Utility of Genetically Predicted Lp(a) (Lipoprotein [a]) and ApoB Levels for Cardiovascular Risk Assessment.
Circulation. Genomic and precision medicine 2021
PubMed ID : 34461734
Current lipid guidelines suggest measurement of Lp(a) (lipoprotein[a]) and ApoB (apolipoprotein B) for atherosclerotic cardiovascular disease risk assessment. Polygenic risk scores (PRSs) for Lp(a) and ApoB may identify individuals unlikely to have elevated Lp(a) or ApoB and thus reduce such suggested testing.
PRSs were developed using LASSO regression among 273 222 and 356 958 UK Biobank participants of white British ancestry for Lp(a) and ApoB, respectively, and validated in separate sets of 60 771 UK Biobank and 15 050 European Prospective Investigation into Cancer and Nutrition-Norfolk participants. We then assessed the proportion of participants who, based on these PRSs, were unlikely to benefit from Lp(a) or ApoB measurements, according to current lipid guidelines.
In the UK Biobank and European Prospective Investigation into Cancer and Nutrition-Norfolk cohorts, the area under the receiver operating curve for the PRS-predicted Lp(a) and ApoB to identify individuals with elevated Lp(a) and ApoB was at least 0.91 (95% CI, 0.90-0.92) and 0.74 (95% CI, 0.73-0.75), respectively. The Lp(a) PRS and measured Lp(a) showed comparable association with atherosclerotic cardiovascular disease incidence, whereas the ApoB PRS was in general less predictive of atherosclerotic cardiovascular disease risk than measured ApoB. In the context of the ESC/EAS lipid guidelines, at a 95% sensitivity to identify individuals with elevated Lp(a) and ApoB levels, at least 54% of Lp(a) and 24% of ApoB testing could be reduced by prescreening with a PRS while maintaining a low false-negative rate.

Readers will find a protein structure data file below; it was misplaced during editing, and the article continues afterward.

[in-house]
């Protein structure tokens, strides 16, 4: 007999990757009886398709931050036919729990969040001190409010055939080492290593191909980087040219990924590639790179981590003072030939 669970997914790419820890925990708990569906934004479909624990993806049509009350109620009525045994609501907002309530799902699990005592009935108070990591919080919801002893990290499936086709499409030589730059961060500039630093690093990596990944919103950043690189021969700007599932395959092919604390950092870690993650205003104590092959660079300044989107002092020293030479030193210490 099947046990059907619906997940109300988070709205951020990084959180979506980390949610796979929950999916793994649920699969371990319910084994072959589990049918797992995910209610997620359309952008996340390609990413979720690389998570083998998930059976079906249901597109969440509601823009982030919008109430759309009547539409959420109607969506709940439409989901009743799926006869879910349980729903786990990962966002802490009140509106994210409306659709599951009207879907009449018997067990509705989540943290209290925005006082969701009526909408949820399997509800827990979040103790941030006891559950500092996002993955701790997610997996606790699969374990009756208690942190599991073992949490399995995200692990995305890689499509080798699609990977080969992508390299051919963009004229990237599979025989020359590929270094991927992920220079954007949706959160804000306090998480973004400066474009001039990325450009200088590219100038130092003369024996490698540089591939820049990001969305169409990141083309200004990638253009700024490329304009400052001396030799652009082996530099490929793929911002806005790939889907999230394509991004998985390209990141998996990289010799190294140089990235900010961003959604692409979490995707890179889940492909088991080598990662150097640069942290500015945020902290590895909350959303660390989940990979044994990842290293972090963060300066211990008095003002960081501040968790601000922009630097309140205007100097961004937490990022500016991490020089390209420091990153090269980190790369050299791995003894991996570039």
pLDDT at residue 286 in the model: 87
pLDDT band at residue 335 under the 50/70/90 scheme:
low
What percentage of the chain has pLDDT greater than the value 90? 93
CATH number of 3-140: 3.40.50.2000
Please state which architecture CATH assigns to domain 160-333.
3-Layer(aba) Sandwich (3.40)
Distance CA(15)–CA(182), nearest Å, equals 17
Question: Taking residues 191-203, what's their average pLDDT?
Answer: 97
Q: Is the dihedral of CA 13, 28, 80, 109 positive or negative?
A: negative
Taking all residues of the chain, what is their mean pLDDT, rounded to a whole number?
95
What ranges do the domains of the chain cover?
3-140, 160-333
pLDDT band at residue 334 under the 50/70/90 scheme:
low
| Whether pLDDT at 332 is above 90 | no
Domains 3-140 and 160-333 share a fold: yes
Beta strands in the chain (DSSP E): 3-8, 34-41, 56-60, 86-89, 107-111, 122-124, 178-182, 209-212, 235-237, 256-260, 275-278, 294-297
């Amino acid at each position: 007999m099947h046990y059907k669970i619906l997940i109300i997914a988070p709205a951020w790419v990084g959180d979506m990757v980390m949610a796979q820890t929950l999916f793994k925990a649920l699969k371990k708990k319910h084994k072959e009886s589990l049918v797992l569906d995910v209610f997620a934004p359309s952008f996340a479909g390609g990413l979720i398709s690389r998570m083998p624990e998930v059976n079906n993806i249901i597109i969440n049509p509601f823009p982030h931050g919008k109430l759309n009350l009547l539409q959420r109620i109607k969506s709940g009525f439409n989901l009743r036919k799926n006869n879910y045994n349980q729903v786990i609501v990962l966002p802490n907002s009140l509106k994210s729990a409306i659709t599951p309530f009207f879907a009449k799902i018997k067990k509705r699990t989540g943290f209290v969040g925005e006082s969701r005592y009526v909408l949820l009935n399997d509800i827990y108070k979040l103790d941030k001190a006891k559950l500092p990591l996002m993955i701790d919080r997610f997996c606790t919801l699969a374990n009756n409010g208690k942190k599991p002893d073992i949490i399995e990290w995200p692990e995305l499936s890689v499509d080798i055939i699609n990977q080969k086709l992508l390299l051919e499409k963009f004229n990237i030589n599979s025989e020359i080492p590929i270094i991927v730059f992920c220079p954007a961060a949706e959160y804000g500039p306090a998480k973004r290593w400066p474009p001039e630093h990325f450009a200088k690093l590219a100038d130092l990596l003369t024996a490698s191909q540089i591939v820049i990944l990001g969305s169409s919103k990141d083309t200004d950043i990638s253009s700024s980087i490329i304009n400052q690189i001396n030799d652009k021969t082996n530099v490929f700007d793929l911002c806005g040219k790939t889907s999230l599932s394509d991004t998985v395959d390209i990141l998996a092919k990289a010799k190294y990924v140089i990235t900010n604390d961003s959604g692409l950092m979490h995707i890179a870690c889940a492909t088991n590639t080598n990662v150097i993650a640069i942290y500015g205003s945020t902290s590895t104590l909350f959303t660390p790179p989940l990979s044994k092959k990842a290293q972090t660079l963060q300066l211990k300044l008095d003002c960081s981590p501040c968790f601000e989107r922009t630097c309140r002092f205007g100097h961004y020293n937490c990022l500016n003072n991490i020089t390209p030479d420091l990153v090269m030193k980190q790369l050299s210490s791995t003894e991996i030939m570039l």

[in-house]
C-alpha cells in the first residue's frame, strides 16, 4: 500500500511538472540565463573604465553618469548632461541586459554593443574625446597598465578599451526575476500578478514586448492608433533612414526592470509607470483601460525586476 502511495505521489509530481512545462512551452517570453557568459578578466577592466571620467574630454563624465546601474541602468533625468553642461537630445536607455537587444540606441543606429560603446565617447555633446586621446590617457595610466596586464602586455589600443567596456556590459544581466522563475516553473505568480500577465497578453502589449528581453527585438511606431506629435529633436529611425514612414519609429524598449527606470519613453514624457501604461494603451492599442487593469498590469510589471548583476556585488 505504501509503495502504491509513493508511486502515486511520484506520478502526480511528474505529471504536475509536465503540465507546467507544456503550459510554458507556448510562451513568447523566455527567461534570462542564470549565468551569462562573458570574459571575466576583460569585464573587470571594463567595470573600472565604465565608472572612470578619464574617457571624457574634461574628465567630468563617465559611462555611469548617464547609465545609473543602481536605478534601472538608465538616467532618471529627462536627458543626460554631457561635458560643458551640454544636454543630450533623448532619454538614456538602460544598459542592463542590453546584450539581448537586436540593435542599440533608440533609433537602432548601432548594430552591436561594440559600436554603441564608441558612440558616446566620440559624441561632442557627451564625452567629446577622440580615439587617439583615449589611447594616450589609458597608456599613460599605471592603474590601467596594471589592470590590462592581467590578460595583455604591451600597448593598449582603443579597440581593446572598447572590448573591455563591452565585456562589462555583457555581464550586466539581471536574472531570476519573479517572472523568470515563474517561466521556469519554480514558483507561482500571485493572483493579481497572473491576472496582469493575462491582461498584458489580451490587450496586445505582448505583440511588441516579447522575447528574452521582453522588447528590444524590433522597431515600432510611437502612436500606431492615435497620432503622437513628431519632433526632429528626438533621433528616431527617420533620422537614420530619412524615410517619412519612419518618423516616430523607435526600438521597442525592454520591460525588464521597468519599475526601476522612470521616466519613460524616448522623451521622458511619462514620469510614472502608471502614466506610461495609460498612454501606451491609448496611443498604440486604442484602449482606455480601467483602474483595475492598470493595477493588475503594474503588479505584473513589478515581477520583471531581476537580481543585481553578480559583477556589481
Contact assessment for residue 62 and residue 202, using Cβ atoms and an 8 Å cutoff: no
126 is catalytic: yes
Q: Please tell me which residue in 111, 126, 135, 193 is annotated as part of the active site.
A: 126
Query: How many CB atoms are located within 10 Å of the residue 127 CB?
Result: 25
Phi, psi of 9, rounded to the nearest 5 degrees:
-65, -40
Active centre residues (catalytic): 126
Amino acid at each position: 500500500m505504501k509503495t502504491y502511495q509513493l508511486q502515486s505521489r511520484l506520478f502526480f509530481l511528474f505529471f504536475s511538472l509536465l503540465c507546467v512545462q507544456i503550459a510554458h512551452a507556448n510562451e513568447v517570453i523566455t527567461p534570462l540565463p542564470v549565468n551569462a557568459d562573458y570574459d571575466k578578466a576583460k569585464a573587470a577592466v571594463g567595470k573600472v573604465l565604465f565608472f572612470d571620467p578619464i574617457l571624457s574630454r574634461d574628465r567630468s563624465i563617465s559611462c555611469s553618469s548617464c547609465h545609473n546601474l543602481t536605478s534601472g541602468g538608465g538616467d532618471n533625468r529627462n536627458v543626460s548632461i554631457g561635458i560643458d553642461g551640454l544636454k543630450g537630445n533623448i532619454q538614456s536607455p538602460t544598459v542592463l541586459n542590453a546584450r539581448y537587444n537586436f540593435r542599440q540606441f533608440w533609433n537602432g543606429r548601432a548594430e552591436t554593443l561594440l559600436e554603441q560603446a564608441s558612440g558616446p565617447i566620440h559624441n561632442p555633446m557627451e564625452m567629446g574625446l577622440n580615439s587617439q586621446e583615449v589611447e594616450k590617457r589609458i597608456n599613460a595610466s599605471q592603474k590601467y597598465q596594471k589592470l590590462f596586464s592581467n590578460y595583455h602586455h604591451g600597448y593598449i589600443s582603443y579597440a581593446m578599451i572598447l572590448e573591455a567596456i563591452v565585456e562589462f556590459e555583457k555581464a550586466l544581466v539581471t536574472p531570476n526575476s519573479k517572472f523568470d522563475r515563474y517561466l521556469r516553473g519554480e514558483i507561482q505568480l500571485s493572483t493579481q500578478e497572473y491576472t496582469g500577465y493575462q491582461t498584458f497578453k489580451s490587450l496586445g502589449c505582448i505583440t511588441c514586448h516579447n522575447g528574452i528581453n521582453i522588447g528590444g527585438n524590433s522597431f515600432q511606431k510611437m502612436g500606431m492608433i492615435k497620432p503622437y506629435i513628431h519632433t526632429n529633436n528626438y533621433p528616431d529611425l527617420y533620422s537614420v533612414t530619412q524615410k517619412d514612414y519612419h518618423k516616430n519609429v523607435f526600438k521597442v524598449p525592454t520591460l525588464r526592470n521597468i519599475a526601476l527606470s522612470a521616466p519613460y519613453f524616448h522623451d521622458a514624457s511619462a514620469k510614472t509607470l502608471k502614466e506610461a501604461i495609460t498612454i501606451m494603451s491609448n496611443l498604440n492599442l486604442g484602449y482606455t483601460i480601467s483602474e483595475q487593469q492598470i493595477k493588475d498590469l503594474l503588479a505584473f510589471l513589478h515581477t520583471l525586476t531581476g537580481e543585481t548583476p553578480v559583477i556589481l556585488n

A substantial proportion of suggested testing for elevated Lp(a) and a modest proportion of testing for elevated ApoB could potentially be reduced by prescreening individuals with PRSs.
Study : EPIC-Norfolk: The European Prospective Investigation into Cancer Norfolk Cohort